(also called lockjaw or trismus) is a serious, often fatal disease
that affects the
and nerves. Although tetanus can be serious, the good news is that
it's rare in the United States.
What Is Tetanus?
Tetanus is caused by a type of bacteria called
that usually live in soil. The bacteria produce a toxin (a chemical
or poison that harms the body). This toxin attaches to nerves
around a wound area and is carried inside the nerves to the brain
or spinal cord. There it interferes with the normal activity of
nerves, especially the motor nerves that send direct messages to
our muscles. Tetanus is not contagious - you can't catch it
from someone who has it.
can occur when a baby is delivered in unsanitary conditions,
especially if the cut umbilical cord is contaminated after the baby
is born. Before
(vaccines that help the body fight certain illnesses) were
available, neonatal tetanus was a common cause of newborn death
because the disease is almost always fatal in infants. Because of
improved surgical procedures and techniques for cutting the
umbilical cord, however, newborn tetanus is now rare in developed
Starting at 2 months of age, all babies in the United States are
routinely vaccinated against tetanus. But in developing countries
where there's no effective prevention and immunization program
against tetanus, the disease is much more common than it is in the
What Are the Signs and Symptoms?
Tetanus often begins with muscle spasms in the jaw and face,
together with difficulty swallowing and stiffness or pain in
muscles in the neck, shoulder, or back. The muscle spasms can be
severe and can quickly spread to muscles of the abdomen, upper
arms, and thighs.
The symptoms of tetanus usually appear anywhere from 3 to 14
days after the person has become infected.
Can I Prevent Tetanus?
The best way to prevent tetanus is to make sure that your
immunizations against the disease are updated. Before you started
school, by about age 5, you should have received a full series of
tetanus immunizations (shots). You should also get a tetanus
booster about every 10 years (which means getting another tetanus
shot around the time you enter your teens).
If you're not sure whether you've been properly
immunized against tetanus, ask a parent or call your doctor. If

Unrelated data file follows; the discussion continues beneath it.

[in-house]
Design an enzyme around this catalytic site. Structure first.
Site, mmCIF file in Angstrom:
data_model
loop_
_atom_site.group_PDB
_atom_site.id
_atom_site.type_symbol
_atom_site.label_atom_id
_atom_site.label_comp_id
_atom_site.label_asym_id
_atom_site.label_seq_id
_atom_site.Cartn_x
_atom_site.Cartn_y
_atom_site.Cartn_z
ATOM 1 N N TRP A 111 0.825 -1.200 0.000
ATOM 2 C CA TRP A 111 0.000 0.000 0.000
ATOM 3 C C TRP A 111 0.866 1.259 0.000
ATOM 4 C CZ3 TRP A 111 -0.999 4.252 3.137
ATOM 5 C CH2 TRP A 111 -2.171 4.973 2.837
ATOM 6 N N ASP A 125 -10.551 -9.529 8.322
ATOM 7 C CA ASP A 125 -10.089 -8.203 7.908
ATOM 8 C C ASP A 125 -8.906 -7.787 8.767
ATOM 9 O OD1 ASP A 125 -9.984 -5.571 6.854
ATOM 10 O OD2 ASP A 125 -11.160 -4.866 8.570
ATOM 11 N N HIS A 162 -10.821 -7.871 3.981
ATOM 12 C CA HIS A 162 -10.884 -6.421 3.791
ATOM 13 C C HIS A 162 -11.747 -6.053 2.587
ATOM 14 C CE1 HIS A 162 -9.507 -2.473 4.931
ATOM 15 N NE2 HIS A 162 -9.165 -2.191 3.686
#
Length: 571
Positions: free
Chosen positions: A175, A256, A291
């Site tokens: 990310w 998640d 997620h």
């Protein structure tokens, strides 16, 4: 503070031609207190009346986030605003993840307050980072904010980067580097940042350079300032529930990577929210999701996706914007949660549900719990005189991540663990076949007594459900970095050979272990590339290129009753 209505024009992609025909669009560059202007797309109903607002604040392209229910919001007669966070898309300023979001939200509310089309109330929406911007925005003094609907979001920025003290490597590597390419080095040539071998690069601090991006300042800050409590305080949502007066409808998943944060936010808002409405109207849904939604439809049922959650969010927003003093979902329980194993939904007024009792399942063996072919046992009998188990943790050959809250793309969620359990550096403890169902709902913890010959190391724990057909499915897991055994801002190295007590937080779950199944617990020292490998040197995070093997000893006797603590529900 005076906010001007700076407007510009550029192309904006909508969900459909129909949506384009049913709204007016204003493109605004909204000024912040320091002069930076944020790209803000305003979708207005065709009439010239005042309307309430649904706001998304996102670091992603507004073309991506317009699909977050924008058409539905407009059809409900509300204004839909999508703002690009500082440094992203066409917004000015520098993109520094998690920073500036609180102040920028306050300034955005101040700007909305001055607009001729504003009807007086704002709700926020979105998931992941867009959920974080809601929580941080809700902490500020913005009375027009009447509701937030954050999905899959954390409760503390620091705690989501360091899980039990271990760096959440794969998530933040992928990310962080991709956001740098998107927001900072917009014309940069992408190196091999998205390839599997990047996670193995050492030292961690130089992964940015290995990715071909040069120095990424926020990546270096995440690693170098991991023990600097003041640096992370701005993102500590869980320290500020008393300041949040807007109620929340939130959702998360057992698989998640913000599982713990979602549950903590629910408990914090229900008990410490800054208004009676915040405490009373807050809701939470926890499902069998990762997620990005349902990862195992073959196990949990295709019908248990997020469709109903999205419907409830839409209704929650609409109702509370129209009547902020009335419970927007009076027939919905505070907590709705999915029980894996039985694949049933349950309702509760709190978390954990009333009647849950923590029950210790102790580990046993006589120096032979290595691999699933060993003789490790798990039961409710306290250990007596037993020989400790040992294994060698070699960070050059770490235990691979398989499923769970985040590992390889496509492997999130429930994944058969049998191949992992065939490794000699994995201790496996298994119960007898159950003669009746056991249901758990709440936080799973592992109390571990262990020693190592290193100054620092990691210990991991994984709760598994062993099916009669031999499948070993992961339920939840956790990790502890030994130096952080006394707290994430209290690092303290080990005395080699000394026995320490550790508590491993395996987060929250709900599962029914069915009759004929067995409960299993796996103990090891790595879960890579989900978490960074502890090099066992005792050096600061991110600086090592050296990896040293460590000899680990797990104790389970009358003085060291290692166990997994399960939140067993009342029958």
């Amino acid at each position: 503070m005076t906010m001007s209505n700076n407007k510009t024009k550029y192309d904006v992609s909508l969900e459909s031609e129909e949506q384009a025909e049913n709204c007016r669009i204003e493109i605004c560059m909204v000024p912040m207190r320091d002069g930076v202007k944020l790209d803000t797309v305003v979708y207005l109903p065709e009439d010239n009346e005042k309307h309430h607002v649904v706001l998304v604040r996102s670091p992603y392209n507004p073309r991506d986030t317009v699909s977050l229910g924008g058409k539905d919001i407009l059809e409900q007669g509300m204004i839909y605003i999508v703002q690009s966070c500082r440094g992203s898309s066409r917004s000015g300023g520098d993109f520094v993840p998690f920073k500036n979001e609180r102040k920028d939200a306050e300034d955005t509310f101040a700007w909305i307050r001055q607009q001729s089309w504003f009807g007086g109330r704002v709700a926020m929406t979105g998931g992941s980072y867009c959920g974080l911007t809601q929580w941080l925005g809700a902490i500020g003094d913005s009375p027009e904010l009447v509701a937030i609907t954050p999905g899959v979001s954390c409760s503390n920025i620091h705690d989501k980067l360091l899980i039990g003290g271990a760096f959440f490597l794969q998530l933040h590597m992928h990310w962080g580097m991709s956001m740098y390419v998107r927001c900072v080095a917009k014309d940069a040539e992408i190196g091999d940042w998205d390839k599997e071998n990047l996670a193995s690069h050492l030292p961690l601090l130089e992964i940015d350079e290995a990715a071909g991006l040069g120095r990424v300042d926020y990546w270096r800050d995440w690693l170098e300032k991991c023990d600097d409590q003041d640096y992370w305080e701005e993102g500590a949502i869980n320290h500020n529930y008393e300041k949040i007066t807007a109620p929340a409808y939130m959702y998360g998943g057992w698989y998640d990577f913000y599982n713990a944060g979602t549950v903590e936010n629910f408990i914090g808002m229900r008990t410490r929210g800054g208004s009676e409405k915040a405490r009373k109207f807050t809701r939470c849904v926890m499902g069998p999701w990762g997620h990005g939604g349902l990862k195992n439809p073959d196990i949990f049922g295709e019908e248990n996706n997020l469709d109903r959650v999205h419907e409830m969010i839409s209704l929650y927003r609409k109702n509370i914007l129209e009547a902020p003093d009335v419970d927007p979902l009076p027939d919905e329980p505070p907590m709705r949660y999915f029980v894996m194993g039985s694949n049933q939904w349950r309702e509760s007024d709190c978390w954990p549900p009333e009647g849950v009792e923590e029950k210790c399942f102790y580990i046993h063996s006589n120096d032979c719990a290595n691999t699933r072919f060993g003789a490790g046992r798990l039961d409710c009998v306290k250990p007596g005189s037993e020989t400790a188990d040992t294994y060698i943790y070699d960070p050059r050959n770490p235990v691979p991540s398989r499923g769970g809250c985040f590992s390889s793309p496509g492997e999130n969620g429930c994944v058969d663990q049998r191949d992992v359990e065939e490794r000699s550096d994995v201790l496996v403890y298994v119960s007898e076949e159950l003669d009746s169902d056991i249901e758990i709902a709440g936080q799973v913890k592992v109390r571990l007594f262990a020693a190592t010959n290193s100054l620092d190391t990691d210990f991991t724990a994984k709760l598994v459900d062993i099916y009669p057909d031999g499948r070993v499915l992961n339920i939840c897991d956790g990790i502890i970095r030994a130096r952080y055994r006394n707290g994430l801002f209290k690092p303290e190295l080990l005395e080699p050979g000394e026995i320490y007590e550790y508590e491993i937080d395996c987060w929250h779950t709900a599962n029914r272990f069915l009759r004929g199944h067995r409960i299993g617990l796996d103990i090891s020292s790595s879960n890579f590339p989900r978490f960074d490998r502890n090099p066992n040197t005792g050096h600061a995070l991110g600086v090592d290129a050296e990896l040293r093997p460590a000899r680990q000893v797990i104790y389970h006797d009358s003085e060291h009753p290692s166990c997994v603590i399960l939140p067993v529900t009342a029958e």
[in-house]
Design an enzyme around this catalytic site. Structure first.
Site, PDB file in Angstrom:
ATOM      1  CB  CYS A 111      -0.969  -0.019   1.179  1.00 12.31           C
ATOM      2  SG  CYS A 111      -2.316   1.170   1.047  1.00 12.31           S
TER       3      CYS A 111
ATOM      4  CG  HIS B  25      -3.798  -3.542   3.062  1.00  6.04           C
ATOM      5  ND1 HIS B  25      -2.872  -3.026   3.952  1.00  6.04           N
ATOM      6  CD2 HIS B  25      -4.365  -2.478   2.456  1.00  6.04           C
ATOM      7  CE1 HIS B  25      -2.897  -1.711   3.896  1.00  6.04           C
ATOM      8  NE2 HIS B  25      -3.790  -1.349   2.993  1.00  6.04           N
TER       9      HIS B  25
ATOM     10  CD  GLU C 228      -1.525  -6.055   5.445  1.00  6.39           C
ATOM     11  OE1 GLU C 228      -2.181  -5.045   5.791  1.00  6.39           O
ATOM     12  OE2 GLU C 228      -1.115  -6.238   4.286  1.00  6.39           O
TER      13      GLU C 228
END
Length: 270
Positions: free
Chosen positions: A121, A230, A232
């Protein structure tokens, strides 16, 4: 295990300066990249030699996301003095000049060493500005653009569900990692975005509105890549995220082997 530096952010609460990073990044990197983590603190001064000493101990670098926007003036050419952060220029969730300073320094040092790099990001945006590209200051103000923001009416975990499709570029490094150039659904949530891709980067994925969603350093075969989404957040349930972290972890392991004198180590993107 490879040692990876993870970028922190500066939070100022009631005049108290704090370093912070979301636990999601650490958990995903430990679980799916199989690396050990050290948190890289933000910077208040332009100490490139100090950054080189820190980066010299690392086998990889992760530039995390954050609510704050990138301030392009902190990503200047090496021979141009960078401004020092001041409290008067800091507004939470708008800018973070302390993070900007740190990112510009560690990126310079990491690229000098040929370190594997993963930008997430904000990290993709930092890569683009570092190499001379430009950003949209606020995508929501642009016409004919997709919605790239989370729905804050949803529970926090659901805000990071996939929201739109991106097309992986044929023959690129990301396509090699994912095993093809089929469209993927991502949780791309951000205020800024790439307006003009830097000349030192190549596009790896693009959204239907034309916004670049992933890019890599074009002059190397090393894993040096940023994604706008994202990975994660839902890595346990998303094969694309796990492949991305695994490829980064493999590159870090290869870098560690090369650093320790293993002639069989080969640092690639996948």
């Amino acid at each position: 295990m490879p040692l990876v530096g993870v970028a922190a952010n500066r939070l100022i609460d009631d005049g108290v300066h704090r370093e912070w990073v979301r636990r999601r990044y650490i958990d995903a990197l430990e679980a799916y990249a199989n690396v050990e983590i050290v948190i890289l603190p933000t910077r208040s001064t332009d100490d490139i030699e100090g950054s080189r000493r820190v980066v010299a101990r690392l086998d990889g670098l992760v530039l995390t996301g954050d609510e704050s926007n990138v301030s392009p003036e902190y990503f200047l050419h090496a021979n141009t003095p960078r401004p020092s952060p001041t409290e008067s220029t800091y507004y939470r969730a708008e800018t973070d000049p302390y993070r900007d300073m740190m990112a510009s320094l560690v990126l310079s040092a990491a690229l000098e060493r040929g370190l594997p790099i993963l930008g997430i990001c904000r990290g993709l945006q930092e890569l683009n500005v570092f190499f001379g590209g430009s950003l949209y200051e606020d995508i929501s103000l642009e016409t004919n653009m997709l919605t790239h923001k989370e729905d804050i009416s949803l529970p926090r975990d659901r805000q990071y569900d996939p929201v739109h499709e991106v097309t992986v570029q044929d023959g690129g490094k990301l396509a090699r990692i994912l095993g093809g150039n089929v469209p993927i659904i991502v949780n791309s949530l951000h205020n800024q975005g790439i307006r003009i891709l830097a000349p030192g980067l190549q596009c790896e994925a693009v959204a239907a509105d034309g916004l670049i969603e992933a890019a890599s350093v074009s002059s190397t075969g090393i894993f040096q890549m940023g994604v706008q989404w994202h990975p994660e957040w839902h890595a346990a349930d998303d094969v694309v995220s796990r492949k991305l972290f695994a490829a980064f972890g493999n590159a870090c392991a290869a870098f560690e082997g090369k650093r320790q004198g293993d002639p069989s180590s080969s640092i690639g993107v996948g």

it's been more than 10 years since you had a tetanus booster,
schedule an office visit with your doctor as soon as possible to
bring your immunizations up to date.
Most cases of tetanus in the United States happen when people
who haven't been properly immunized get a cut or puncture
wound. In rare cases the injury is so small that a person
doesn't see a doctor for treatment, and the tetanus bacteria
grow unobserved. (Animal bites, burns, frostbite, and injecting
drugs can also sometimes lead to someone developing tetanus.)
If you get a deep or dirty cut or a puncture wound and it's
been more than 5 years since your last tetanus shot, see a doctor
so you can get a tetanus booster to ensure that you're fully
You can also help prevent tetanus by protecting the bottoms of
your feet against deep or dirty wounds (such as being punctured by
a nail) by wearing thick-soled shoes or sandals instead of going
barefoot, especially when outdoors.
If you do get a wound, keep it clean. Apply an over-the-counter
antibacterial or antiseptic treatment that can help prevent
bacteria from growing, change the dressing once a day, and ask your
parent or doctor whether you need a tetanus shot. Any deep puncture
wound, especially one on the bottom of a foot, must be seen by a
doctor because it is more likely to become seriously infected
without proper treatment.
Neonatal tetanus can be prevented by making sure that all
pregnant women have proper immunization before delivery and by
delivering their babies in sanitary conditions.
How Is Tetanus Treated?
In the rare cases where a person does develop tetanus, recovery
is possible. When the infection is diagnosed and treated early, the
recovery period usually takes at least 4 to 6 weeks.
People who are infected with tetanus and develop the disease are
treated in a hospital, usually in an intensive care unit (ICU).
They receive large doses of antibiotics to kill the tetanus
bacteria and tetanus antitoxin (a medicine that neutralizes the
toxin produced by the bacteria). Other medicines may be needed to
control muscle spasms.
No one likes shots, but getting tetanus - and the treatment for
it - is more painful and long lasting than a shot. So make sure
that your tetanus immunization status is up to date, and if you get
a bad cut, see your doctor in case you need a booster.
Joel Klein, MD
Date reviewed: April 2007
Note: All information is for educational purposes only. For specific medical advice,
diagnoses, and treatment, consult your doctor.
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